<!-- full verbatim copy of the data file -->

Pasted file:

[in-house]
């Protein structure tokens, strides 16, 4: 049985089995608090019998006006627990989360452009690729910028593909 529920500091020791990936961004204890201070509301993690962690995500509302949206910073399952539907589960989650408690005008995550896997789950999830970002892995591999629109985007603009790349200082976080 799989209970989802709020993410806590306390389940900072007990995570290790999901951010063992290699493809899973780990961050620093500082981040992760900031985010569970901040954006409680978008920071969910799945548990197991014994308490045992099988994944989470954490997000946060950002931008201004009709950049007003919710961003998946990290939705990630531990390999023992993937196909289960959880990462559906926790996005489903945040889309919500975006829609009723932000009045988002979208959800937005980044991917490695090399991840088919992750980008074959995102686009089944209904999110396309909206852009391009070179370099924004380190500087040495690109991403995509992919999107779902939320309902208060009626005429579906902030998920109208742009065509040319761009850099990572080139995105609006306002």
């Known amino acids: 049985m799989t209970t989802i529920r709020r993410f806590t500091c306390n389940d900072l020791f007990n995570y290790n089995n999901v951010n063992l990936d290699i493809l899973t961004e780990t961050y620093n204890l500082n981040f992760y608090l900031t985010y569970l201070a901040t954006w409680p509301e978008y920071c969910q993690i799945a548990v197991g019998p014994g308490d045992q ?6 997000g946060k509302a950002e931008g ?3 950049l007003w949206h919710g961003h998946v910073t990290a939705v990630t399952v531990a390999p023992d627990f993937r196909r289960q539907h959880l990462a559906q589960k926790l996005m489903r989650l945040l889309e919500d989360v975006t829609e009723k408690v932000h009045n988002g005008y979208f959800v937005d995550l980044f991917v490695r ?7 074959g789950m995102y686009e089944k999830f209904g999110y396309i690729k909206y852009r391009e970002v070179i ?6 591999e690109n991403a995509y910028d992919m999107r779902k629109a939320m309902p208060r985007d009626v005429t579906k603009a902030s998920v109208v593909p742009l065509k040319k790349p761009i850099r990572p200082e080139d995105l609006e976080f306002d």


[in-house]
């Protein structure tokens, strides 16, 4: 049985089995608090019998006006627990989360452009690729910028593909 529920500091020791990936961004204890201070509301993690962690995500509302949206910073399952539907589960989650408690005008995550896997789950999830970002892995591999629109985007603009790349200082976080 799989209970989802709020993410806590306390389940900072007990995570290790999901951010063992290699493809899973780990961050620093500082981040992760900031985010569970901040954006409680978008920071969910799945548990197991014994308490045992099988994944989470954490997000946060950002931008201004009709950049007003919710961003998946990290939705990630531990390999023992993937196909289960959880990462559906926790996005489903945040889309919500975006829609009723932000009045988002979208959800937005980044991917490695090399991840088919992750980008074959995102686009089944209904999110396309909206852009391009070179370099924004380190500087040495690109991403995509992919999107779902939320309902208060009626005429579906902030998920109208742009065509040319761009850099990572080139995105609006306002």
């Known amino acids: 049985m799989t209970t989802i529920r709020r993410f806590t500091c306390n389940d900072l020791f007990n995570y290790n089995n999901v951010n063992l990936d290699i493809l899973t961004e780990t961050y620093n204890l500082n981040f992760y608090l900031t985010y569970l201070a901040t954006w409680p509301e978008y920071c969910q993690i799945a548990v197991g019998p014994g308490d045992q ?6 997000g946060k509302a950002e931008g ?3 950049l007003w949206h919710g961003h998946v910073t990290a939705v990630t399952v531990a390999p023992d627990f993937r196909r289960q539907h959880l990462a559906q589960k926790l996005m489903r989650l945040l889309e919500d989360v975006t829609e009723k408690v932000h009045n988002g005008y979208f959800v937005d995550l980044f991917v490695r ?7 074959g789950m995102y686009e089944k999830f209904g999110y396309i690729k909206y852009r391009e970002v070179i ?6 591999e690109n991403a995509y910028d992919m999107r779902k629109a939320m309902p208060r985007d009626v005429t579906k603009a902030s998920v109208v593909p742009l065509k040319k790349p761009i850099r990572p200082e080139d995105l609006e976080f306002d």